19 The Small Intestine The small intestine, which is about 20 feet long, is so named because its diameter is much smaller than that of the large intestine The small intestine has three regions, called the duodenum, the jejunum, and the ileum Copyright © 2005.  Lippincott Williams & Wilkins. Instructor's Manual to Accompany Lippincott's Textbook for Nursing Assistants.

20 The Large Intestine The large intestine (also called the colon) is 4 1/2 feet long and is much larger in diameter than the small intestine The large intestine has several distinct regions: The cecum The ascending colon The transverse colon The descending colon The sigmoid colon The rectum The appendix Copyright © 2005.  Lippincott Williams & Wilkins. Instructor's Manual to Accompany Lippincott's Textbook for Nursing Assistants.

21 The Large Intestine: The Cecum
The cecum is like a waiting room for food that is leaving the small intestine through the ileocecal valve and entering the large intestine Food moves through the large intestine much more slowly than it moves through the small intestine Therefore, incoming deliveries from the small intestine need a place to wait until the next segment of the large intestine, the ascending colon, is able to accept more food for processing Copyright © 2005.  Lippincott Williams & Wilkins. Instructor's Manual to Accompany Lippincott's Textbook for Nursing Assistants.

22 The ascending colon travels upward from the cecum
The Large Intestine: The Ascending Colon The ascending colon travels upward from the cecum Copyright © 2005.  Lippincott Williams & Wilkins. Instructor's Manual to Accompany Lippincott's Textbook for Nursing Assistants.

23 The transverse colon travels across
The Large Intestine: The Transverse Colon The transverse colon travels across Copyright © 2005.  Lippincott Williams & Wilkins. Instructor's Manual to Accompany Lippincott's Textbook for Nursing Assistants.

24 The descending colon travels down
The Large Intestine: The Descending Colon The descending colon travels down Copyright © 2005.  Lippincott Williams & Wilkins. Instructor's Manual to Accompany Lippincott's Textbook for Nursing Assistants.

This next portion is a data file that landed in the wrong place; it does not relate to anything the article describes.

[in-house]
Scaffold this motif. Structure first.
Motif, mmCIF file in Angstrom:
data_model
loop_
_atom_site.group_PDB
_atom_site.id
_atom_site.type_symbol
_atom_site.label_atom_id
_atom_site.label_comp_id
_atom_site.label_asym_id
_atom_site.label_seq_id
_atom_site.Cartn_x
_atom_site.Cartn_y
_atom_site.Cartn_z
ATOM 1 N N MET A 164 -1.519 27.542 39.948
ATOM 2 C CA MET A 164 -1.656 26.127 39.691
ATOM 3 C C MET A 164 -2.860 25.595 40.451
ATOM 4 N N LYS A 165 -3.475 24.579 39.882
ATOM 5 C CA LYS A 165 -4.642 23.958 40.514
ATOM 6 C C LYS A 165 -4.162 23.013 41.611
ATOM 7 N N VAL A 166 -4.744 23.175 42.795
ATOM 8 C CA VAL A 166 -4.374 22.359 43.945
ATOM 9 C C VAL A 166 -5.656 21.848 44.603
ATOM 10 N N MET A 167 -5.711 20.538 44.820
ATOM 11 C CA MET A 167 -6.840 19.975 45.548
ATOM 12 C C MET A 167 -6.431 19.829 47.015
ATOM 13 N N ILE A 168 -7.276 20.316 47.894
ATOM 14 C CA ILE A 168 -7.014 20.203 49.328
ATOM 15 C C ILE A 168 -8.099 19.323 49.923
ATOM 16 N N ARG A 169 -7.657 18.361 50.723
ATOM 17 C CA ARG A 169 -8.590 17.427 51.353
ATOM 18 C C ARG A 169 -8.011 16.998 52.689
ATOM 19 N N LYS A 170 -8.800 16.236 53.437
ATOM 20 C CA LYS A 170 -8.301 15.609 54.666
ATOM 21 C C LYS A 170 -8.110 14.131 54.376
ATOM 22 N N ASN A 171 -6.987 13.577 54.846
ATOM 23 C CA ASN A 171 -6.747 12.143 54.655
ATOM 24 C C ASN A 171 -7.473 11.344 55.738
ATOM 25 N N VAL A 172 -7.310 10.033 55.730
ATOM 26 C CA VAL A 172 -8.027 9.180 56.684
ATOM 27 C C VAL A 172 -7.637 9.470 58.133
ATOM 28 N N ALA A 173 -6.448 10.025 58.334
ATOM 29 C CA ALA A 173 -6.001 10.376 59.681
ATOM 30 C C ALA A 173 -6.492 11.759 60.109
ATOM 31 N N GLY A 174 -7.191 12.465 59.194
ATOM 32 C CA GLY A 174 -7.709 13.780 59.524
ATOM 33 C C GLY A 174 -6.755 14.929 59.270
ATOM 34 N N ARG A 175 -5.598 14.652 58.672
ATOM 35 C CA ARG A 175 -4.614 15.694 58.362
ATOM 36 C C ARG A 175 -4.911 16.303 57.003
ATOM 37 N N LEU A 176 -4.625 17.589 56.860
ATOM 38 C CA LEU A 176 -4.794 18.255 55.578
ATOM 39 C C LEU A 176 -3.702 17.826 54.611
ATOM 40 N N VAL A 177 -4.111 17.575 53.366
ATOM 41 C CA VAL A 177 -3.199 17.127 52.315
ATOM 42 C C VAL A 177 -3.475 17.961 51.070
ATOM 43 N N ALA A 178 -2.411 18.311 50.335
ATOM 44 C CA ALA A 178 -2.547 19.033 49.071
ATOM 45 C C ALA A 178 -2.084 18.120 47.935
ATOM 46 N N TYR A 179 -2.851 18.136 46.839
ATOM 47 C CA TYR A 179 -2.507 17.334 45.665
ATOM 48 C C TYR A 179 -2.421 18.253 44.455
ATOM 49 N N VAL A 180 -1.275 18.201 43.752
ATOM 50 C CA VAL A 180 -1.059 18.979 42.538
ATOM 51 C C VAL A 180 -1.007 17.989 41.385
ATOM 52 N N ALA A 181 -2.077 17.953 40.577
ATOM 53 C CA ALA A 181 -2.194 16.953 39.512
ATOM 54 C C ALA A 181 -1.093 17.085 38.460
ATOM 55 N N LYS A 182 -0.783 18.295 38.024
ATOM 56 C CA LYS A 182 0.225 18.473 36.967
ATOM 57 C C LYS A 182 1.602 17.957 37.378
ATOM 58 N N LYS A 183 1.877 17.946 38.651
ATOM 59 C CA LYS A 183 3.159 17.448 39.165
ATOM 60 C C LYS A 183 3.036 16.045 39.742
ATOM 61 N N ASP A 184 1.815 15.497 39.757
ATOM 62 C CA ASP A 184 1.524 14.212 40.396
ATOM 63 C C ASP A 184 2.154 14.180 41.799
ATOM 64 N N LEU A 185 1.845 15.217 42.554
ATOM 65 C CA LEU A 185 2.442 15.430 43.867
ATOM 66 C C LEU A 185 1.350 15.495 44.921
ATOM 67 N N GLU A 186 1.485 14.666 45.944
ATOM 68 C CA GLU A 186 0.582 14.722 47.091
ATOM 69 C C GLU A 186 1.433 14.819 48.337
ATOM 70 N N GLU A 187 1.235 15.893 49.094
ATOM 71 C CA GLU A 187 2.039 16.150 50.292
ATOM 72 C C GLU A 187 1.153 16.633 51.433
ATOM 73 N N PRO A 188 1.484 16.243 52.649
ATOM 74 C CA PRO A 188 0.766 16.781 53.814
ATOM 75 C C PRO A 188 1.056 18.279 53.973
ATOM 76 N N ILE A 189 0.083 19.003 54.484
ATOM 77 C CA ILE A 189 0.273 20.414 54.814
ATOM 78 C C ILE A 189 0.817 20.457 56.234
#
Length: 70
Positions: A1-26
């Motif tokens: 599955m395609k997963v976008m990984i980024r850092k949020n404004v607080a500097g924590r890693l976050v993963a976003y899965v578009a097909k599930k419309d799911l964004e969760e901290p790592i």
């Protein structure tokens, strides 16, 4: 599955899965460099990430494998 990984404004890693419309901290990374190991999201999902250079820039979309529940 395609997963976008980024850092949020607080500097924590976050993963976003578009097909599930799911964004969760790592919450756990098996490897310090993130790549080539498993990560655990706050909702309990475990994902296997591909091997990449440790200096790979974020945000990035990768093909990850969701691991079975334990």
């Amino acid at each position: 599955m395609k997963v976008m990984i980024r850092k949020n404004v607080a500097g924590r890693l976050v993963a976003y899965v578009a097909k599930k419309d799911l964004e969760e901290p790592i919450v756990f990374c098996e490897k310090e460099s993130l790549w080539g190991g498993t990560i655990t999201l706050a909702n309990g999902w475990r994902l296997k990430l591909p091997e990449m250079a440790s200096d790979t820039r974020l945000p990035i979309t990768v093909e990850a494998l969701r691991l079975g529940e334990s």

25 The Large Intestine: The Sigmoid Colon
The sigmoid colon is an S-shaped curve at the end of the descending colon Copyright © 2005.  Lippincott Williams & Wilkins. Instructor's Manual to Accompany Lippincott's Textbook for Nursing Assistants.

26 The Large Intestine: The Rectum
The rectum is the last segment of the colon The place where the rectum opens to the outside of the body is the anus Copyright © 2005.  Lippincott Williams & Wilkins. Instructor's Manual to Accompany Lippincott's Textbook for Nursing Assistants.

27 The Large Intestine: The Appendix
The appendix, a tiny, closed pouch that dangles from the cecum, has no known function The appendix has a way of making its presence known Inflammation or infection of the appendix causes appendicitis, a painful condition that is life-threatening if not treated Treatment is surgical removal of the appendix Copyright © 2005.  Lippincott Williams & Wilkins. Instructor's Manual to Accompany Lippincott's Textbook for Nursing Assistants.

28 The Accessory Organs Several organs that play a role in digestion but are not actually part of the digestive tract are called accessory organs Salivary glands Liver Gallbladder Pancreas Copyright © 2005.  Lippincott Williams & Wilkins. Instructor's Manual to Accompany Lippincott's Textbook for Nursing Assistants.

29 The Accessory Organs: Salivary Glands
The salivary glands are located near the mouth They produce and secrete saliva, a substance that helps with chewing and swallowing by moistening the food Copyright © 2005.  Lippincott Williams & Wilkins. Instructor's Manual to Accompany Lippincott's Textbook for Nursing Assistants.

30 The Accessory Organs: The Liver
The liver is a large organ located just underneath the diaphragm The liver produces and secretes bile into the duodenum Bile is a substance that helps with the digestion of fats The liver also has several other important functions that are not related to digestion. For example The liver produces clotting factors (chemicals that help our blood to clot) The liver helps to clear our blood of toxins, such as alcohol and drugs Copyright © 2005.  Lippincott Williams & Wilkins. Instructor's Manual to Accompany Lippincott's Textbook for Nursing Assistants.

31 The Accessory Organs: The Gallbladder
The gallbladder, a small pouch that is attached to the liver, stores bile produced by the liver that is not secreted directly into the duodenum Copyright © 2005.  Lippincott Williams & Wilkins. Instructor's Manual to Accompany Lippincott's Textbook for Nursing Assistants.

32 The Accessory Organs: The Pancreas
The pancreas is located behind the stomach, in the curve of the duodenum The pancreas produces substances that aid in digestion and secretes them into the duodenum The pancreas also produces insulin and glucagon, hormones that are secreted directly into the bloodstream Copyright © 2005.  Lippincott Williams & Wilkins. Instructor's Manual to Accompany Lippincott's Textbook for Nursing Assistants.

33 Function of the Digestive System
Copyright © 2005.  Lippincott Williams & Wilkins. Instructor's Manual to Accompany Lippincott's Textbook for Nursing Assistants.

34 Function of the Digestive System